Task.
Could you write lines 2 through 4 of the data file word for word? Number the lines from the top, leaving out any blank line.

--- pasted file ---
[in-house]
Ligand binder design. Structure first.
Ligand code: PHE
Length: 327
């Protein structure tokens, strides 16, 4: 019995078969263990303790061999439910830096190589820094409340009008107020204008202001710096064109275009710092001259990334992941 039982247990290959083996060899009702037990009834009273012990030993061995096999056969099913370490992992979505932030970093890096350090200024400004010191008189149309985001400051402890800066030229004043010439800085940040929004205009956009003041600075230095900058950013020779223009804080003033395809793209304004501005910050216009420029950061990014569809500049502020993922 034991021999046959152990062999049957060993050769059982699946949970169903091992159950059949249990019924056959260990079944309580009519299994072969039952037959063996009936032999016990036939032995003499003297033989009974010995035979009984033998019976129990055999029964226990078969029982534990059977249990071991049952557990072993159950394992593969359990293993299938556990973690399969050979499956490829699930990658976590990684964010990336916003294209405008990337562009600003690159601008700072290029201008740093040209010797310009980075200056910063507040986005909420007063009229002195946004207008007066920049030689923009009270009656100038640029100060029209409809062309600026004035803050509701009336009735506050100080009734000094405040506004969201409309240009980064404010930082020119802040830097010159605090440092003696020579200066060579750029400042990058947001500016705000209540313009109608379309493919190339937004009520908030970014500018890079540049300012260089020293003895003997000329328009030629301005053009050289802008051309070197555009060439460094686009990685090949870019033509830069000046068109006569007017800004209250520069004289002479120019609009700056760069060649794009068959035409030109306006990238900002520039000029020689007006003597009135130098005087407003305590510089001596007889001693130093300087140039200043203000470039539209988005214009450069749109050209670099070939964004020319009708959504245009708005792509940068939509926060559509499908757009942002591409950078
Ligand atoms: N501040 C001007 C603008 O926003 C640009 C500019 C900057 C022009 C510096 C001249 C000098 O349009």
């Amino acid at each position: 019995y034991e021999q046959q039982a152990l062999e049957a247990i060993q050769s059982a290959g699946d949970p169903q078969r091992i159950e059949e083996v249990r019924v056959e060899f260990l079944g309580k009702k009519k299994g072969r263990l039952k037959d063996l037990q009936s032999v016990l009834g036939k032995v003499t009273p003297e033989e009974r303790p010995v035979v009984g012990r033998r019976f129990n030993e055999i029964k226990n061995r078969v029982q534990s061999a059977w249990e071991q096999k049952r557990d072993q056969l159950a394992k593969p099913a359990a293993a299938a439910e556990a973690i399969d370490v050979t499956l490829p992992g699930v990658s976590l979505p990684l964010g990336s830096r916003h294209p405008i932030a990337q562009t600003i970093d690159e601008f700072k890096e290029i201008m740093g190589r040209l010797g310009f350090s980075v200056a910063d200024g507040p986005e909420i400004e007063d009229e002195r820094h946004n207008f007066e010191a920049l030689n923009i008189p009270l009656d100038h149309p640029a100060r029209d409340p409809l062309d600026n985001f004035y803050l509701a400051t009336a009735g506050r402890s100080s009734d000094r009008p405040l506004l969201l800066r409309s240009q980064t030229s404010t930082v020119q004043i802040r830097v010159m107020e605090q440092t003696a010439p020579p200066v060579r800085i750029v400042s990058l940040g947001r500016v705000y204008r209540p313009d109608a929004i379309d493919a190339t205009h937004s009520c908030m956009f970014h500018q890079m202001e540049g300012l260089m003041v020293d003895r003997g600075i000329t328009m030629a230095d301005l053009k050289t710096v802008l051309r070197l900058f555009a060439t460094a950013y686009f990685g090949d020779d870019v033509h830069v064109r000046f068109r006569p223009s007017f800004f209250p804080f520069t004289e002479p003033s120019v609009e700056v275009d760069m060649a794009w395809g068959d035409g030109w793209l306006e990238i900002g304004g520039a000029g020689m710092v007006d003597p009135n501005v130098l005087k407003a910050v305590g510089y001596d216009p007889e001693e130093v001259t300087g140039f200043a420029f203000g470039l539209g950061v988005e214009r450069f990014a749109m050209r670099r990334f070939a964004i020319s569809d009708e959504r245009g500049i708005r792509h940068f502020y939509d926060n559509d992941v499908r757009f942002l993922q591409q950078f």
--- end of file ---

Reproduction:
Ligand binder design. Structure first.
Ligand code: PHE
Length: 327